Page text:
For ten years, ecological artist and sculptor Ana Flores of Charlestown, Rhode Island, has been bringing “Poetry of the Wild”—a series that “connects people to landscape by combining poetry, visual art, and nature observation”—to communities across the country and abroad. The project showcases “poetry boxes,” small handmade vessels constructed of recycled materials and installed in locations both public and wild, such as parks, forests, waterfront trails, and libraries. Written, etched, or pasted inside each box is a poem—some original, some classic, from poets both established and emerging; the boxes themselves are designed to “reflect the chosen texts within them” and encourage people to engage with the land around them.
The project began in 2003 when Flores was an environmental artist-in-residence at the Wood-Pawcatuck Watershed in Rhode Island. Walking along the trails and rivers, she noticed both an abundance of trash and a collection of small birdhouses, which the local government had erected. She decided to build similar structures with poems inside for people to discover along similar trails—and with a little luck, leave a part of themselves, rather than trash, along the way. The first box was installed in Mystic, Connecticut, through a collaboration with the Mystic Arts Center; Flores has since brought the project to communities throughout the United States and abroad, including New London, Connecticut; Colorado Springs; and Dartington, England, through partnerships with the Audubon Society, the Connecticut Commission on Culture and Tourism, and other environmental and arts organizations. Each box also contains a small journal for passersby to write their own poems and record responses to the work.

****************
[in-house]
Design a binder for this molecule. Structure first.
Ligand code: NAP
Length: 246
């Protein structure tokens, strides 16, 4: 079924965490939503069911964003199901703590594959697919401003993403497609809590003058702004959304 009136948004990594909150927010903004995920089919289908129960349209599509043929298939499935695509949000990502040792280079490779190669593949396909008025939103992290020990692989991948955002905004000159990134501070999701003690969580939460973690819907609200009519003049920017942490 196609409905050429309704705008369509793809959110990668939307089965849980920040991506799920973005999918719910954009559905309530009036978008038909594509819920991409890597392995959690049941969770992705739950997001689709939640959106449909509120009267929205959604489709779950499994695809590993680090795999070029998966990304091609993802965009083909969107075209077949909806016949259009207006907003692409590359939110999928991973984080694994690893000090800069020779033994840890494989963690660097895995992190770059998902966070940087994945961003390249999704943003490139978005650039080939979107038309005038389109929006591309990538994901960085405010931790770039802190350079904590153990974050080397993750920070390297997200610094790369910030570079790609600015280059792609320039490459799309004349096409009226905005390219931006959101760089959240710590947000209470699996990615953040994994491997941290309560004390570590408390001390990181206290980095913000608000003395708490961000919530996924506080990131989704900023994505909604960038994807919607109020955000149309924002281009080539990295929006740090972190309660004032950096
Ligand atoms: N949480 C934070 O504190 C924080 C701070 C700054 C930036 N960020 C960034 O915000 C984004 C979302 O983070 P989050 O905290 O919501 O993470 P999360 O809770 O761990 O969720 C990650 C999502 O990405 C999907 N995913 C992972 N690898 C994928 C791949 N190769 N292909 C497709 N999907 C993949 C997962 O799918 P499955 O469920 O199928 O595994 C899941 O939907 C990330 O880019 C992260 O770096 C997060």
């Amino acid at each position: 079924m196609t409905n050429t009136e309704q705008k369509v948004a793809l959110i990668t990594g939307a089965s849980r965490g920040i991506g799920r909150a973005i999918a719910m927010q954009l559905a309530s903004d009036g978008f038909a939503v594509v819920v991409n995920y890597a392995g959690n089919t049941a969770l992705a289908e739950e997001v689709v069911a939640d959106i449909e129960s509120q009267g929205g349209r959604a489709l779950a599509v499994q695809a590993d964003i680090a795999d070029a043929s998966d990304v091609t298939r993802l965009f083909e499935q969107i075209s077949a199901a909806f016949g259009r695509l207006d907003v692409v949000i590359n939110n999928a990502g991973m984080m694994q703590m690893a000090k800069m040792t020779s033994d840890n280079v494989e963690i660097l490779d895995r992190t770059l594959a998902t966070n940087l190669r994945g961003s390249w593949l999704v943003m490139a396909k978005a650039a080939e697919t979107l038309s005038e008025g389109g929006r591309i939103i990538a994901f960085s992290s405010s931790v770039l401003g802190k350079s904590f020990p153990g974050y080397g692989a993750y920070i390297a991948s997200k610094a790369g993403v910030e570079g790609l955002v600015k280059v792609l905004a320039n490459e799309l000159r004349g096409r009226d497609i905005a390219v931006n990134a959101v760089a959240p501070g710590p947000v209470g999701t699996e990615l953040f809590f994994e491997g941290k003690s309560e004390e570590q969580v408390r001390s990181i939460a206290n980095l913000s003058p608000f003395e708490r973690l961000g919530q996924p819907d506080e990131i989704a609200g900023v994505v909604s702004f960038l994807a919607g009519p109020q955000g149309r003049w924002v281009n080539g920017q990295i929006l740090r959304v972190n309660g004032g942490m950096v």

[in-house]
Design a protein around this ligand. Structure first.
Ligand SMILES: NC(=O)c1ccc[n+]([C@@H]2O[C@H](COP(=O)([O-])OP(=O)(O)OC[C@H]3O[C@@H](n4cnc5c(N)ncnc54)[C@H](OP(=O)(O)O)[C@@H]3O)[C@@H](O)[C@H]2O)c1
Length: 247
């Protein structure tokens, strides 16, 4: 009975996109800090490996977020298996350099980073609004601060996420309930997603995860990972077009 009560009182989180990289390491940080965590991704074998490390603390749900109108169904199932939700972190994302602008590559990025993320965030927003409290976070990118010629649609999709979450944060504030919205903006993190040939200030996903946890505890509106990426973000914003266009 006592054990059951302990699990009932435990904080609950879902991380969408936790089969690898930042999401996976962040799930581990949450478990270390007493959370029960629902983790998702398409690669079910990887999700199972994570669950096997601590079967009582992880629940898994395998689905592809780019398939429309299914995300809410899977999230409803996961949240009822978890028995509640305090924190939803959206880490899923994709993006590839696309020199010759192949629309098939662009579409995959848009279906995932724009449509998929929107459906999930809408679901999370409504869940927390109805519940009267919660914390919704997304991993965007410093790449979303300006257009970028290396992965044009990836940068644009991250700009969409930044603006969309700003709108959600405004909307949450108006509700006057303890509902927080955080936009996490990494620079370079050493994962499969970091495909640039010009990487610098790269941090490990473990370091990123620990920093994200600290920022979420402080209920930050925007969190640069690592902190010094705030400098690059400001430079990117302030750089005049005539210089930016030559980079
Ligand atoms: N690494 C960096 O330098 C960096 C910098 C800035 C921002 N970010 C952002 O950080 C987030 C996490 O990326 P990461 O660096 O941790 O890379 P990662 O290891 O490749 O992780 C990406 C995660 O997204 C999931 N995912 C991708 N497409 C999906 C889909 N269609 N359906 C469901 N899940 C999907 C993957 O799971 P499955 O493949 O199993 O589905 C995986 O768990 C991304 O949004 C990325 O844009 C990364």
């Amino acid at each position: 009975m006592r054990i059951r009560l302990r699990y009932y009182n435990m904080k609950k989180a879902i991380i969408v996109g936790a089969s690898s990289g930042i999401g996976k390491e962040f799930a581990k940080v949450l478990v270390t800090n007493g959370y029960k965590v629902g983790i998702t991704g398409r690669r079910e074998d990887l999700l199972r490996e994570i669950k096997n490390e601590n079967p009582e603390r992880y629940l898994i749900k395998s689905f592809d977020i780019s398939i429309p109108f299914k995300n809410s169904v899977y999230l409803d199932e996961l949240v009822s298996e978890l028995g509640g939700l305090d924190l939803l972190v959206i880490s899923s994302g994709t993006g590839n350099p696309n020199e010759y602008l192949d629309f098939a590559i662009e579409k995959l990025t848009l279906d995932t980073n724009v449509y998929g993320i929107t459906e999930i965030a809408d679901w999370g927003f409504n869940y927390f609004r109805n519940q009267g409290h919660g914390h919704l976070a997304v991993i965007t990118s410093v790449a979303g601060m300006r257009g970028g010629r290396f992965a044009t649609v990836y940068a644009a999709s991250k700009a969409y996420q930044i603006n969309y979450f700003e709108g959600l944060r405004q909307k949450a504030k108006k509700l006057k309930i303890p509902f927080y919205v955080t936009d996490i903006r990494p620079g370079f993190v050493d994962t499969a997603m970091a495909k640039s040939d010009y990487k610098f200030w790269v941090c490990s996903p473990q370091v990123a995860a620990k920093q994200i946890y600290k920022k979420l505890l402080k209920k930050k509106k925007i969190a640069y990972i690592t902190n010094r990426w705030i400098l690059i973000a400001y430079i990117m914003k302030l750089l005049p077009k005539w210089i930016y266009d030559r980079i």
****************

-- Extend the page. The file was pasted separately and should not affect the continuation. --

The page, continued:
“At first people would find them by accident,” Flores says, “and then they would go looking for them.” While the first boxes were constructed and installed by Flores herself, the goal of the project was to get community members involved. “It isn’t about me,” she says, “it’s the words and creativity of the communities that make the project work.” In the two most recent installations—one that ran along a path by the sea at the University of Connecticut at Avery Point, and a second at the Mystic Arts Center—community members did most of the writing and building. “The more they do,” Flores says, “the more it’s theirs.” One of the most thrilling things about the project, she says, has been the diversity of people taking part, from professional and amateur poets and artists to more unexpected contributors. In Mystic, for example, two young children ages nine and ten contributed original poems. “The project is a catalyst for community and individual creativity that’s unpretentious,” Flores says. “It breaks down inhibitions about what art and poetry are, and helps people think about the places where they live. There’s something about the project that allows people to say, ‘Okay, I can do this.’”
Poetry of the Wild will celebrate its tenth anniversary at the Mystic Arts Center on September 25; contributing poets and artists will read and display their work and a selection of boxes will be auctioned. Flores, meanwhile, plans to continue the project both at home and overseas, and will be launching an official website later this fall; in the meantime, news about Poetry of the Wild can be found at www.earthinform.com.
Melissa Faliveno is the assistant editor of Poets & Writers Magazine.
Credit: Ana Flores
Young poet Lucy Turner and her mother, Pam, study a poetry box at Avery Point.